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January 21

So I was going to ask this related question in my other thread but I now see it's hit over 30 replies (!) and the discussion is interesting but a separate topic.

So a related question: Has anyone ever thought about "thread-local garbage collection" or some sort of "multiple pool [same process/thread] garbage collection"? The idea here is, each thread [or thread collection] would have its own garbage collector, and, be the only thread that pauses during a collection event.

Basically, you cordon off your memory use like you would with say a memory pool, so that when a GC freezes it only freezes that section. Smaller, independent sections means less freeze time and the rest of the threads keep running on multiple core CPUs.

There are obviously some issues:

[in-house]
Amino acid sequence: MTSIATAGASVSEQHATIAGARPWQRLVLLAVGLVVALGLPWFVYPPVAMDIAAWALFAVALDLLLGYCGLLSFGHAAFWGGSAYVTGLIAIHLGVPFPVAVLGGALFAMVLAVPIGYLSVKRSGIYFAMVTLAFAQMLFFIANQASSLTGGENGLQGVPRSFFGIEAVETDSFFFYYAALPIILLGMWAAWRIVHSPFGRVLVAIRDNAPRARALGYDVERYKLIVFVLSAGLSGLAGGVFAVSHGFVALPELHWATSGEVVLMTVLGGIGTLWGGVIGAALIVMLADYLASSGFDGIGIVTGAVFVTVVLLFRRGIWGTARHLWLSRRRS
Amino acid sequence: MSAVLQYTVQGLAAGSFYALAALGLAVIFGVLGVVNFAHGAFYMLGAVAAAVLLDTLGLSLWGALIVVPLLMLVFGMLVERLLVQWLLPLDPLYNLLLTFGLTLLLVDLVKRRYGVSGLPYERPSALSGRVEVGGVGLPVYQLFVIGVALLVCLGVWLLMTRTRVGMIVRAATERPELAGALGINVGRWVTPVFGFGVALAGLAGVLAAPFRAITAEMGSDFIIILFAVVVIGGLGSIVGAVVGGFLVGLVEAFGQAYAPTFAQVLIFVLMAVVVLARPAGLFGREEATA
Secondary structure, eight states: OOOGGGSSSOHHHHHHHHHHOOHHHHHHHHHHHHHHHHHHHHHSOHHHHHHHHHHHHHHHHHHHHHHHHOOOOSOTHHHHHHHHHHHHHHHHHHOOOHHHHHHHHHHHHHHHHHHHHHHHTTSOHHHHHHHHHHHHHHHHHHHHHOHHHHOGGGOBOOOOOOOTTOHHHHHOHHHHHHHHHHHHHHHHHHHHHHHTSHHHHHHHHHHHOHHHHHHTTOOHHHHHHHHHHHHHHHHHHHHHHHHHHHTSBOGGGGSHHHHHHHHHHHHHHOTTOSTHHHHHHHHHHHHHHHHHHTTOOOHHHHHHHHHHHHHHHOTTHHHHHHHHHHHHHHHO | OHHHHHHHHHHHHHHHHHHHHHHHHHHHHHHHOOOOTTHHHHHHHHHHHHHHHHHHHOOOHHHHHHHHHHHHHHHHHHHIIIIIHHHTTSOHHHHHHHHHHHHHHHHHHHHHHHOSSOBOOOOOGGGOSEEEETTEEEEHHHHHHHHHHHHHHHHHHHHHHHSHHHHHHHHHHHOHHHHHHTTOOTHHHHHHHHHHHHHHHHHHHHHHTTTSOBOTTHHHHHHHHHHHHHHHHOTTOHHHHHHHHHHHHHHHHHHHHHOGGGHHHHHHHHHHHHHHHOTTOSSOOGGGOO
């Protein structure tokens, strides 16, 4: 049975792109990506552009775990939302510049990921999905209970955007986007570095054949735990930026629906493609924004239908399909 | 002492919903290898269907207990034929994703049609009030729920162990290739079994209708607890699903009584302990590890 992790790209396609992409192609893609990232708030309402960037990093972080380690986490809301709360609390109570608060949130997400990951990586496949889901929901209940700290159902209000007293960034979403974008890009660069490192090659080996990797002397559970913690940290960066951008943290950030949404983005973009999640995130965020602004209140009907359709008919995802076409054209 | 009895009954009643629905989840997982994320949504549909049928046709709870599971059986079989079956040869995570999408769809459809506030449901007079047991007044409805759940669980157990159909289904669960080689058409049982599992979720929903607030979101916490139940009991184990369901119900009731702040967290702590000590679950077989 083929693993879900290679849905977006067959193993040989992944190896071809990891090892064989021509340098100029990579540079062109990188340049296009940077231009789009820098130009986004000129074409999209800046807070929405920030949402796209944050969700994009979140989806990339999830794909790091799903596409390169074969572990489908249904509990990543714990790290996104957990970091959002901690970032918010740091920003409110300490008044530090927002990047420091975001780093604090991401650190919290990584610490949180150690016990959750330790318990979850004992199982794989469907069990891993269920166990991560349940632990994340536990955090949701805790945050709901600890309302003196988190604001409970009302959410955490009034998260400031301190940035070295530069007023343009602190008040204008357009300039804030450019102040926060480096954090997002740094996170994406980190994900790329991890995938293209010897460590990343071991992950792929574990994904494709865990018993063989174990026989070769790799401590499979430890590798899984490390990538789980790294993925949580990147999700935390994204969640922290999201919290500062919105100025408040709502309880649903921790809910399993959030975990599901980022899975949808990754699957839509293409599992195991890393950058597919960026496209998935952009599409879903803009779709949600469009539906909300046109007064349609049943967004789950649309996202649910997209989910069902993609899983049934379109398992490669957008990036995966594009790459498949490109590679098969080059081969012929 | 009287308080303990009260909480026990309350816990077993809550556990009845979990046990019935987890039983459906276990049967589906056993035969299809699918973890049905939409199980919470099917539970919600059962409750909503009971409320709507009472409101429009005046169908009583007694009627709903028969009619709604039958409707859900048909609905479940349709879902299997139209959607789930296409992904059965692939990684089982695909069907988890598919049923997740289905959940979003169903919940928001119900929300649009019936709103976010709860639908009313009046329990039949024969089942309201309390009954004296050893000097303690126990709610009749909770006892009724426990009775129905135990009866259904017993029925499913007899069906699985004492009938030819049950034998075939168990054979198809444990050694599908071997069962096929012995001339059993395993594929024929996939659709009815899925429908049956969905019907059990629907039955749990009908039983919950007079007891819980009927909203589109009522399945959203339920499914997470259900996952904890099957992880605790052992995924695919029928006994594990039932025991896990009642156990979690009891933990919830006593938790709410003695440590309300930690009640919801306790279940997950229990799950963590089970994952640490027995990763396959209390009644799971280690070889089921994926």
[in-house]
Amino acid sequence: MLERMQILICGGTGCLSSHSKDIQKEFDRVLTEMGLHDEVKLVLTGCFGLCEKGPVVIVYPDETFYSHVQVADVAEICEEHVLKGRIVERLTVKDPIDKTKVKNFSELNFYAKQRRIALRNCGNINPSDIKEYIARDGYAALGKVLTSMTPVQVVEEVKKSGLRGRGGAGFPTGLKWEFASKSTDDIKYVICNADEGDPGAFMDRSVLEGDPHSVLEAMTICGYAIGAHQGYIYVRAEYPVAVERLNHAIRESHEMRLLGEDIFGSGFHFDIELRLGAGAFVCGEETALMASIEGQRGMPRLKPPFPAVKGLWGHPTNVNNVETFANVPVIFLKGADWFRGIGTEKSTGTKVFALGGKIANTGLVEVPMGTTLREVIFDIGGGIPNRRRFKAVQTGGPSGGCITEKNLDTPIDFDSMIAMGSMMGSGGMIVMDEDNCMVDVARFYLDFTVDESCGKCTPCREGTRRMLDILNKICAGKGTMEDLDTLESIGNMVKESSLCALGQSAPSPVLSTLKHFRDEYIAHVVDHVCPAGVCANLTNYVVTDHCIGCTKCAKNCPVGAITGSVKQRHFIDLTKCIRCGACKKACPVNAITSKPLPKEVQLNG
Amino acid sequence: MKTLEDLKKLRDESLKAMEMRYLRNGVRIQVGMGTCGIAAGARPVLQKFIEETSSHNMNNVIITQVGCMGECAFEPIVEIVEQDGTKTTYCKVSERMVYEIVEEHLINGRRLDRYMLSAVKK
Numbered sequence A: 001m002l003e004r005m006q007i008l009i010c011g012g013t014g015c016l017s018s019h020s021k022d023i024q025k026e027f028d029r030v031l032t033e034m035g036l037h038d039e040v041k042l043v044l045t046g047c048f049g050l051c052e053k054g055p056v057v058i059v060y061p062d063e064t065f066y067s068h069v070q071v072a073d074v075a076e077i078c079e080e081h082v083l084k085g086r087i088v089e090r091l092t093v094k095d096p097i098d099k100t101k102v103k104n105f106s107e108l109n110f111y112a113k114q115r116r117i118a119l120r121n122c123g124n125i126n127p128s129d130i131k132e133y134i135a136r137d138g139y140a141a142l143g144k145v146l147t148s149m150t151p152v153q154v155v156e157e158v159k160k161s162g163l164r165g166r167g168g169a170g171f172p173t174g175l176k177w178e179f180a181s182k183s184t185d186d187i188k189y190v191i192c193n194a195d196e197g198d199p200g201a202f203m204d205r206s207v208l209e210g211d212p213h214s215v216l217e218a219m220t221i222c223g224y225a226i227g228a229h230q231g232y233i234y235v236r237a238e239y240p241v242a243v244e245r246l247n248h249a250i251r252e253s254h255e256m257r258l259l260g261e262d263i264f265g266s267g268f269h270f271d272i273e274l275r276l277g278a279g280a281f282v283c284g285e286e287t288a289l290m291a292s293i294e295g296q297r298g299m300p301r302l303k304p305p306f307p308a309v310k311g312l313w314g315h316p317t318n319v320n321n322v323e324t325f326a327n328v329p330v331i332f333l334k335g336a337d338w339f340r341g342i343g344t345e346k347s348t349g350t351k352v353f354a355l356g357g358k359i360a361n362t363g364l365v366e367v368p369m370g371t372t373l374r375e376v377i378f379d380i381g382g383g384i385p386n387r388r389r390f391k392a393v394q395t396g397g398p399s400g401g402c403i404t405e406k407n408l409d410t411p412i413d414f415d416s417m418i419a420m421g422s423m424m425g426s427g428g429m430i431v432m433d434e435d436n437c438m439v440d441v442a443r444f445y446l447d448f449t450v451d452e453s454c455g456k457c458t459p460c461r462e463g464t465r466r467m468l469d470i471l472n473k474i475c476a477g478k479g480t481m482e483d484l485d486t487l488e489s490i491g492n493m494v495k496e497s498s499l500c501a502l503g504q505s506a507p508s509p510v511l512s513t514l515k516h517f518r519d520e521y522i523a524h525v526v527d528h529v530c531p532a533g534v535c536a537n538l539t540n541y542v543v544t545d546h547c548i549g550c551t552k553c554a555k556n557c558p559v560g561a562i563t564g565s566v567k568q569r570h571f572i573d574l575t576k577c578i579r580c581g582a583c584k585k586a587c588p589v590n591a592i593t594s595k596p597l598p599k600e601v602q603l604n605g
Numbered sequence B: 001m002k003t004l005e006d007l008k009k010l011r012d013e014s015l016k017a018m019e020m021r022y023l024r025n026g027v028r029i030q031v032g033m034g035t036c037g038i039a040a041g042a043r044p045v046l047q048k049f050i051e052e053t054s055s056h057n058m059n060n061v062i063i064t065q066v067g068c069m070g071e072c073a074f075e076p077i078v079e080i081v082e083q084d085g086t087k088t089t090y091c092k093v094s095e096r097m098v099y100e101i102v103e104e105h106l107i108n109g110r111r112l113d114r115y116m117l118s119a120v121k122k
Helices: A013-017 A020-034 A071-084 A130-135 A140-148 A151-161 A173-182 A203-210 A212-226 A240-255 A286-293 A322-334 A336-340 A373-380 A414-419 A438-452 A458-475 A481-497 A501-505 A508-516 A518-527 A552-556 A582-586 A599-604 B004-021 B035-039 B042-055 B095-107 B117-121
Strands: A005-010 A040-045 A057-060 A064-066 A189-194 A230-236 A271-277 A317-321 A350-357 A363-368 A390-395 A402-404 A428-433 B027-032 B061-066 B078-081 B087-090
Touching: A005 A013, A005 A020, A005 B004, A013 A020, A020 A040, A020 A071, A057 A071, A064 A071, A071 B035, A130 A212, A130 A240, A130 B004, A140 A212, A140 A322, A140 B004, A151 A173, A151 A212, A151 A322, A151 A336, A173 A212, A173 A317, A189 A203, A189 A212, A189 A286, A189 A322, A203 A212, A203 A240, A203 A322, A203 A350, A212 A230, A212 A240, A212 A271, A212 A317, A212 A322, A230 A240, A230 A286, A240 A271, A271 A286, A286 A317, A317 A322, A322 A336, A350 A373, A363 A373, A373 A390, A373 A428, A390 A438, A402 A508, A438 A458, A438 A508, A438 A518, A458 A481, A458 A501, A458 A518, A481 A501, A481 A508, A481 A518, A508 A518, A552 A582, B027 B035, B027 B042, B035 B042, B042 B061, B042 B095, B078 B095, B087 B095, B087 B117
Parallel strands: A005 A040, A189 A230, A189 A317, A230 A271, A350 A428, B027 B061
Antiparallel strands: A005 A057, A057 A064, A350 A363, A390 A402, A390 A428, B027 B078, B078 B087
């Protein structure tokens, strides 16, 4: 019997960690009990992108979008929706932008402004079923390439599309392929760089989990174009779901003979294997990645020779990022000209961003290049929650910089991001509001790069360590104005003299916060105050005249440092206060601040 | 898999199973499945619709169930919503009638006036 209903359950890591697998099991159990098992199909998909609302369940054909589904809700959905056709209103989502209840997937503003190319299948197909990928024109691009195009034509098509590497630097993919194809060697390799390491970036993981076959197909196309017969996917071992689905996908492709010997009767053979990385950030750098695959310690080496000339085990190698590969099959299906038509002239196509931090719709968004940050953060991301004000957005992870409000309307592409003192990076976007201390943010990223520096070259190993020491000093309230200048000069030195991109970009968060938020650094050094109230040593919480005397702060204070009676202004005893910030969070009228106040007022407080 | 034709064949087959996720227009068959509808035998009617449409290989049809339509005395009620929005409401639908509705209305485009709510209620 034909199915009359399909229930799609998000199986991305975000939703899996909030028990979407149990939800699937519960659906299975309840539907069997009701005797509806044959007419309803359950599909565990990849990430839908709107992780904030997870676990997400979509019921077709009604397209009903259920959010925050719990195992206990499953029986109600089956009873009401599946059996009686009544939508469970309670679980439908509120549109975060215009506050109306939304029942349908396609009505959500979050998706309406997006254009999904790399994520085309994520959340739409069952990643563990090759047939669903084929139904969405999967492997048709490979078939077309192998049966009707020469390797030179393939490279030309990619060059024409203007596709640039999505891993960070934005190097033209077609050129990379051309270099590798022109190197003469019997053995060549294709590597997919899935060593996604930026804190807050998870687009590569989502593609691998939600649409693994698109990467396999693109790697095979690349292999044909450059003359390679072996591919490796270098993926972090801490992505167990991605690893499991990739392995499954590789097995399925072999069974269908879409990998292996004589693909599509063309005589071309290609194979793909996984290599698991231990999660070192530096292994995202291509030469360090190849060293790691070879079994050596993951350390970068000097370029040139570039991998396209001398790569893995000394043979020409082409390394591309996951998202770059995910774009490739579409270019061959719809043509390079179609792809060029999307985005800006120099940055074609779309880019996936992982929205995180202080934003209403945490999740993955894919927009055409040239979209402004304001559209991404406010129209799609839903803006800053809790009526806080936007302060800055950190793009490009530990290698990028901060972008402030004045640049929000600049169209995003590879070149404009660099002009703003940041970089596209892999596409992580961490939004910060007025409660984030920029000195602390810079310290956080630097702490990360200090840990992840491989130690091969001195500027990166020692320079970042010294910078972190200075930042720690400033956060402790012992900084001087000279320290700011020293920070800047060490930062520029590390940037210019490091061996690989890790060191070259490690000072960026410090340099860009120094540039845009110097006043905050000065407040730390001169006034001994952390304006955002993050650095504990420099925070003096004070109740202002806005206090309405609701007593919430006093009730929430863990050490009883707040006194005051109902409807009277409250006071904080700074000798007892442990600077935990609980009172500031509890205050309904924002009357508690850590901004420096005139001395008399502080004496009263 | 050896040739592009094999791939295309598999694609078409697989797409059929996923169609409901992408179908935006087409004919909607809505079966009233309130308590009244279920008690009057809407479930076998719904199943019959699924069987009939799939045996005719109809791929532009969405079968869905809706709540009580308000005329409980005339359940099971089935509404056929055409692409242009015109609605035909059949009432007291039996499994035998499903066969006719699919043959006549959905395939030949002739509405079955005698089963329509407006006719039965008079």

1 - Is the D GC designed to allow something like this? Can it be prevented from walking into areas it shouldn't? I know you can make malloc non-system memory it "shouldn't" touch if you never make pointers to it?

2 - It will definitely be more complex, and D can be too complex and finnicky already. (SEGFAULT TIME.) So patterns to prevent that will be needed. "Am I reading in my thread, or thread 37?"

3 - Any boundary where threads "touch" will be either a nightmare or at least need some sort of mechanism to cross and synchronize across said boundary. And a frozen thread, synchronized, will freeze any reads by non-frozen threads. [Though one might be able to schedule garbage collections only when massive reads/writes aren't currently needed.]

I think the simple, easiest way to try this would be to just spawn multiple processes [each having their own D GC collector] and somehow share memory between them. But I have no idea if it's easy to work around the inherent "multiple process = context switch" overhead making it actually slower.